August 15, 2011 by David Gillaspie
“Not much else in life compares.”
In this excellent guest post, a Wrestling Mom tells what she learned from the mats. Pass this along, as I will her blog when she starts posting, and think about your guest post.
(I included the book because I like it and Terry Davis is a friend of DG’s B&B.)
Really breathe and make it work for you, not the automatic breathing that keeps you alive.
When I had my kids, I discovered through the miracle that is Lamaze, that focusing on your breathing will get you through nearly anything.
I’ve used it ever since to get me through everything from a tough day at work, to relaxing enough to turn my mind off for sleep, to avoiding a tearful breakdown during the Puffs Plus commercial.
My oldest son is smaller than most. He weighed eighty six pounds dripping wet when he tried wrestling for the first time as a 7th grader. It had been a couple of years since he’d been involved in a sports; the size differential got to be too much for football.
Baseball bored him, even though he showed promise there. So I was relegated to watching his younger brother play baseball and basketball, sighing with resignation that my oldest might not play sports anymore.
I encouraged him over the years to try youth wrestling because I knew he was scrappy and had a good temperament for the sport.
He declined. I let it go until he wanted to check it out as a 7th grader.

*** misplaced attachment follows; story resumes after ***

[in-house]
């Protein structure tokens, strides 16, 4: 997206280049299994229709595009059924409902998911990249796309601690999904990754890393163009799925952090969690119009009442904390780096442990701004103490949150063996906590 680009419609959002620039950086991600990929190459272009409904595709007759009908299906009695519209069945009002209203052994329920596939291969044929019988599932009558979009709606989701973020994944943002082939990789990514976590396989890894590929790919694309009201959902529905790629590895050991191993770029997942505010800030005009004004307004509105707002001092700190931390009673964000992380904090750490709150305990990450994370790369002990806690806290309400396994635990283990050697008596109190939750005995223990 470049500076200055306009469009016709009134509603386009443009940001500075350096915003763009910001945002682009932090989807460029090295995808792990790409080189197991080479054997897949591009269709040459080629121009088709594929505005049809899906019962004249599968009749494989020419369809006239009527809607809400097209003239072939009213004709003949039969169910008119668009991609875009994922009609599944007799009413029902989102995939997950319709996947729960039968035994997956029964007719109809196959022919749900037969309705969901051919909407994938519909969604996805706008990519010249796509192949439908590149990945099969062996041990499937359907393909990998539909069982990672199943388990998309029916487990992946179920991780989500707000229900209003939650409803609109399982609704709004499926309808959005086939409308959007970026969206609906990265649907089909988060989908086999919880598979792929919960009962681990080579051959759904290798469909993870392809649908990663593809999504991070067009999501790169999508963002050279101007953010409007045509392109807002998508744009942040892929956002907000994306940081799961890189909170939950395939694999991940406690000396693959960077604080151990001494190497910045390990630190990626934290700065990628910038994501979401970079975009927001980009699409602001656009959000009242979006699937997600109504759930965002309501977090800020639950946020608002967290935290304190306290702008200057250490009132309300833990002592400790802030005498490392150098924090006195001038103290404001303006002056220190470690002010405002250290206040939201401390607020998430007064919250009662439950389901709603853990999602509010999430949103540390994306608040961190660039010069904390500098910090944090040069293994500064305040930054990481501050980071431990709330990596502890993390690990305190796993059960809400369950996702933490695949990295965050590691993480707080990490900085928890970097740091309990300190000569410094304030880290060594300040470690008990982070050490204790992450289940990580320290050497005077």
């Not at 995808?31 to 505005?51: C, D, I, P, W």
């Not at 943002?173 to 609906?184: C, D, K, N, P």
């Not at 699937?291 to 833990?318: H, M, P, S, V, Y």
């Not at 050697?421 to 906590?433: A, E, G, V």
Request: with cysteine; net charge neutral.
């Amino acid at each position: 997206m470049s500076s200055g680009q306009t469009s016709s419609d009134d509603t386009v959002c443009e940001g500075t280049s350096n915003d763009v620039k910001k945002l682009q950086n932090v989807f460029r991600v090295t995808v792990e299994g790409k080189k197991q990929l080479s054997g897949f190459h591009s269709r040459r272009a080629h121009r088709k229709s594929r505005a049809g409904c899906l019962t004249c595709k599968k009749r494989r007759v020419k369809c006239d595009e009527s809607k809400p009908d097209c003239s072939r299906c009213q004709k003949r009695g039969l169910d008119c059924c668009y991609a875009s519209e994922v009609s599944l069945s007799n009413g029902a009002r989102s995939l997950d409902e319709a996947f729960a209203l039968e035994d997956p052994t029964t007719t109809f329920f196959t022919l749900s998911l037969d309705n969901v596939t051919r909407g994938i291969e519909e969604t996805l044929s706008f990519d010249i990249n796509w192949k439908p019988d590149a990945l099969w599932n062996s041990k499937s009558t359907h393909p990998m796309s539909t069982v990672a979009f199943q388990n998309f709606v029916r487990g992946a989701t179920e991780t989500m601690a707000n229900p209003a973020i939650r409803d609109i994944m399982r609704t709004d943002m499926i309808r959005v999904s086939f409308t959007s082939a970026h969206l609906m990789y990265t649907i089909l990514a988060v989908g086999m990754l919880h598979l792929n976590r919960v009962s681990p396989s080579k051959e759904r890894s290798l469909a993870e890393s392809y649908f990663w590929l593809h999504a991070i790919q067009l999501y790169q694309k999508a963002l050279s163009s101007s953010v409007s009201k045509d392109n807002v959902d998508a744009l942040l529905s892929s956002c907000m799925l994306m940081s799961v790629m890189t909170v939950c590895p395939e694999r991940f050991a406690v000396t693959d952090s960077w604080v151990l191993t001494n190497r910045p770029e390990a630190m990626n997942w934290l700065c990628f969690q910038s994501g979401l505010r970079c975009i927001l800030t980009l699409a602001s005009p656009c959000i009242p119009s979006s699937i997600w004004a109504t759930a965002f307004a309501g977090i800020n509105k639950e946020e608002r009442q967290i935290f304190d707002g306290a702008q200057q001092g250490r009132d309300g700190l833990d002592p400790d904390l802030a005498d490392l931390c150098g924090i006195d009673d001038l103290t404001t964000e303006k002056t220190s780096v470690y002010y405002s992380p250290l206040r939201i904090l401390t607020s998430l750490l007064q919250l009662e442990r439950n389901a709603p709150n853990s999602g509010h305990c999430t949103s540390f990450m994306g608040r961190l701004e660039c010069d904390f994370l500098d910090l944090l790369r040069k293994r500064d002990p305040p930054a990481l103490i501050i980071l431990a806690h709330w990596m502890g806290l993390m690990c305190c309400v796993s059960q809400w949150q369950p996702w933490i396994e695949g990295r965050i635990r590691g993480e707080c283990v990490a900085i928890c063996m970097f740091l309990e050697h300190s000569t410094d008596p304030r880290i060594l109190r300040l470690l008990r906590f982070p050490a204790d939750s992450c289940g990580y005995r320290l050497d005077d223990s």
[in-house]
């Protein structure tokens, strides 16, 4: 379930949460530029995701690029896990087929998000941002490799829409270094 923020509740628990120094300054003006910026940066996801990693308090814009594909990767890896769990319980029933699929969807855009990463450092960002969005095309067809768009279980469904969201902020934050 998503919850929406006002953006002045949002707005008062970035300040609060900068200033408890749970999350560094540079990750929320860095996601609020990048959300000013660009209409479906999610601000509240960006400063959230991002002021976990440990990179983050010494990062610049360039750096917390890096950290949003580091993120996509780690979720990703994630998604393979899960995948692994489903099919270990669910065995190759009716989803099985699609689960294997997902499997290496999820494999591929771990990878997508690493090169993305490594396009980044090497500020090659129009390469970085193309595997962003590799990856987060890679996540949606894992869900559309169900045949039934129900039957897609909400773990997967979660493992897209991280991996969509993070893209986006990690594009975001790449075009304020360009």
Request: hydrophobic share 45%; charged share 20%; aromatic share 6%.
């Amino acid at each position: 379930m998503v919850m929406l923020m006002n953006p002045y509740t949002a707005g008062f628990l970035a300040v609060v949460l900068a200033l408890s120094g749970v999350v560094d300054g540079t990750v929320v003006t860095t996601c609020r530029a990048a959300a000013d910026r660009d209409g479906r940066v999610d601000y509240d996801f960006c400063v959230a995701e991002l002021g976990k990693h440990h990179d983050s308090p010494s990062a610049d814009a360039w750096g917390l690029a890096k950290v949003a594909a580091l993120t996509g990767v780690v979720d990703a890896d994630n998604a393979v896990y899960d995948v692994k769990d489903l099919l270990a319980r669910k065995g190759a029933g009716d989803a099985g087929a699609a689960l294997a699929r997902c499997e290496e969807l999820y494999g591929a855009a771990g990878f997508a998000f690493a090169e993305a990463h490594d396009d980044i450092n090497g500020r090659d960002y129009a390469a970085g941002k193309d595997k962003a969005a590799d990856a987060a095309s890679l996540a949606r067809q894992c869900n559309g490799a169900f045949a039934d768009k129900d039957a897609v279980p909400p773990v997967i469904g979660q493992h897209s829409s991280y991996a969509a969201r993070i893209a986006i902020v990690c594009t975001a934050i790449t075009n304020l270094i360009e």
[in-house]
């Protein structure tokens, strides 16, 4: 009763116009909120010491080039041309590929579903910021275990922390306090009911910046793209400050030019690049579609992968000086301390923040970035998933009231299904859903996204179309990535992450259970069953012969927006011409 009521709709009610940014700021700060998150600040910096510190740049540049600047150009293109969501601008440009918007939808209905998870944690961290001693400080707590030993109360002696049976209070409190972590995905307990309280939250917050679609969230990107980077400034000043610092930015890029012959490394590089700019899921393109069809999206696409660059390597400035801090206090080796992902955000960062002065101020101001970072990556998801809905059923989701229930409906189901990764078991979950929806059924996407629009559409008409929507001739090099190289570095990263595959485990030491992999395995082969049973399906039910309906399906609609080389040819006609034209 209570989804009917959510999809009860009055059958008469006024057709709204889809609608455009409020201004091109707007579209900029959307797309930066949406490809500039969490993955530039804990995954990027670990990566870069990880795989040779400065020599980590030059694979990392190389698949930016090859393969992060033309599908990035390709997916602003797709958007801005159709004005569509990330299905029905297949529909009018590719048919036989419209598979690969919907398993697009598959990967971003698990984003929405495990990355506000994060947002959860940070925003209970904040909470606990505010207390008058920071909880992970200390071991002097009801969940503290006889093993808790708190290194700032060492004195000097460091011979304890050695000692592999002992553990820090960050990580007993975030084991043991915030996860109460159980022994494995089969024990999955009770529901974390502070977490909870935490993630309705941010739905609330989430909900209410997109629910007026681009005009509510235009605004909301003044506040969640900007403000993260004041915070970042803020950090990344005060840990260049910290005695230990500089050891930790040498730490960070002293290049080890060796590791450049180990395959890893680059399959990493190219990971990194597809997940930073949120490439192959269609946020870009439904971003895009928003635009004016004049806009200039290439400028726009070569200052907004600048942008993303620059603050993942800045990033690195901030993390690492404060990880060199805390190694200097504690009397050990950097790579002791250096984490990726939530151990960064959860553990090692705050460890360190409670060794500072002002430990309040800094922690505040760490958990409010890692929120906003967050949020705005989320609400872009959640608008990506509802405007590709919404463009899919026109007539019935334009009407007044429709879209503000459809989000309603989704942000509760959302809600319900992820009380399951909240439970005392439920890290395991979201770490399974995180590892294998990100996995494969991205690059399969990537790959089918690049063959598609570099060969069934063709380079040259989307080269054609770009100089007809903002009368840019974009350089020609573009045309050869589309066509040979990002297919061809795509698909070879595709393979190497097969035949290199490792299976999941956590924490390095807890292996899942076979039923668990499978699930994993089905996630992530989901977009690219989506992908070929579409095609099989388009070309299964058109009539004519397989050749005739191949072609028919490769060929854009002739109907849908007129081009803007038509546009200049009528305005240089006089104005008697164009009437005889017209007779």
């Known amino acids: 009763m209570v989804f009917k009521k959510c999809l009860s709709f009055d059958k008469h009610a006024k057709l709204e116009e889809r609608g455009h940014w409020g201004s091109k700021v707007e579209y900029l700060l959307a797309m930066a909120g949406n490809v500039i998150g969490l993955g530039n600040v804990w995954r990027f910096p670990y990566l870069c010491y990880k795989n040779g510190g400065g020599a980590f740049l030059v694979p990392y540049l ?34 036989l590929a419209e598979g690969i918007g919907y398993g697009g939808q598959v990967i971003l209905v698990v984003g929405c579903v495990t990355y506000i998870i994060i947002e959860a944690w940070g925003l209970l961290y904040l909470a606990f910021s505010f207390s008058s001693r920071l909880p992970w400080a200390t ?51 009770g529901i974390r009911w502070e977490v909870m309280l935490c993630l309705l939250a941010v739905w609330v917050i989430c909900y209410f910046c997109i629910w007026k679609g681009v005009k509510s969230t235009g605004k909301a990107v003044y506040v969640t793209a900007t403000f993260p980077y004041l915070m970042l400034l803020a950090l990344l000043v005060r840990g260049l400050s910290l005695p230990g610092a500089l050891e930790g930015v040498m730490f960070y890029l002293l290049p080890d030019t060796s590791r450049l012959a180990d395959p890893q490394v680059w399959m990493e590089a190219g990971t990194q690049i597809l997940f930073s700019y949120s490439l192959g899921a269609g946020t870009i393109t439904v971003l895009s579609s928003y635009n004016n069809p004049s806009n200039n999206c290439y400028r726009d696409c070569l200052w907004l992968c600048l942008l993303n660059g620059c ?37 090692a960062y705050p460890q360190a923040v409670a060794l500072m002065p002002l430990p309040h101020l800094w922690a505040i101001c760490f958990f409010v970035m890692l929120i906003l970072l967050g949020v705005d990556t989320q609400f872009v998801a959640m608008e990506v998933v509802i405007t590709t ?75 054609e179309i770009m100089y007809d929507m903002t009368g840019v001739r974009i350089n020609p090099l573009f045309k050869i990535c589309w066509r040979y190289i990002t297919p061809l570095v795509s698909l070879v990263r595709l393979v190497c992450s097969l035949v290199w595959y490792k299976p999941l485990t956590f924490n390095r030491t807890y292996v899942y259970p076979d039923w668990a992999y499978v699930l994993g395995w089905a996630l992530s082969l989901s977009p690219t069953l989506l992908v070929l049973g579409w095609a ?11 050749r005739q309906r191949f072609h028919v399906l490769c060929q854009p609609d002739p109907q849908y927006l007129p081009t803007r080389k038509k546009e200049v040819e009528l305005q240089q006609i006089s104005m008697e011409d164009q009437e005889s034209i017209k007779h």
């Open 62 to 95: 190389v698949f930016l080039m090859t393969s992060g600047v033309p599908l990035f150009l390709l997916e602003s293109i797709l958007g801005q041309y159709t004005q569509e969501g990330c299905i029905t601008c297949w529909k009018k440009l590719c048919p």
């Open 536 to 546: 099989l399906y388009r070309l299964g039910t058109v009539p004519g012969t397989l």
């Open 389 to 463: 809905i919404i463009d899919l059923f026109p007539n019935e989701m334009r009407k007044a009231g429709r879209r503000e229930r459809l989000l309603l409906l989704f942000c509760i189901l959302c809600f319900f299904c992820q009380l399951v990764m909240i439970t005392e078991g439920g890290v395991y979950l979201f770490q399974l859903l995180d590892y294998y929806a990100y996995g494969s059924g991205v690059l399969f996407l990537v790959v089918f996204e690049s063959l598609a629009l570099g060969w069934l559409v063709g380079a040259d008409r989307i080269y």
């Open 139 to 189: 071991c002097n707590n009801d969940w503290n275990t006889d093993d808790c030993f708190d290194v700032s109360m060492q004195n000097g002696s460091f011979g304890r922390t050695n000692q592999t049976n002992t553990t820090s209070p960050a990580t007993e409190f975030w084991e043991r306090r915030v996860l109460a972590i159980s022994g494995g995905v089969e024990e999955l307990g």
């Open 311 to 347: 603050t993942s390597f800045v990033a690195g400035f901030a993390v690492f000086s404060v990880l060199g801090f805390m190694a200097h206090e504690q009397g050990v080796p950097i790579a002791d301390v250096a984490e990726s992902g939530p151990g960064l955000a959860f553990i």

What was I in for? I thought I knew. I watched a few wrestling matches in high school and even kept score for the team as a sub on a couple of occasions. I felt well versed enough to venture into this new world with him.
I would pick him up from the practices, showing up early to watch them doing their drills and super-tough conditioning, which impressed me in an “I don’t want to know too much about this” sort of way.
Here I was, after all, a single Mom trying to let her son go through the rite of passage of the Men’s Locker Room on his own, without too much Mom-volvement. I knew the coaches would take care of him, and not push him past his limit. They wouldn’t do that, would they?
That crazy neck exercise I couldn’t bear to watch is good for him, right? Just breathe…Coach has it covered, Mom.
What I would later learn was that his first match would nearly be the death of me.
Not him, me.
He struggled with his grades, as many 7th graders do, and missed the first couple of dual meets. He got his grades up, but for the next two, he didn’t wrestle because there was no one in his weight class. I missed one or two for work, and the short Middle School season was nearly over.
Talking it over with Coach, he mentioned that there was a tournament coming up, and assured me I’d be able to watch my son wrestle then. Finally! And then a sigh of relief!
I was so excited as I was preparing for what I was sure to be the best day of my sports-Mom life in recent memory. I knew how hard my son was working on his grades and in the wrestling room. I happily made my dish for the “team table” the night before, charged up the batteries in the video camera, and packed my first ever Wrestling Mom Tournament Bag complete with Advil, a good book, and granola bars.
I was ready!
I found my way to the school on the frozen Michigan roads, and was just this side of literally chirping with excitement.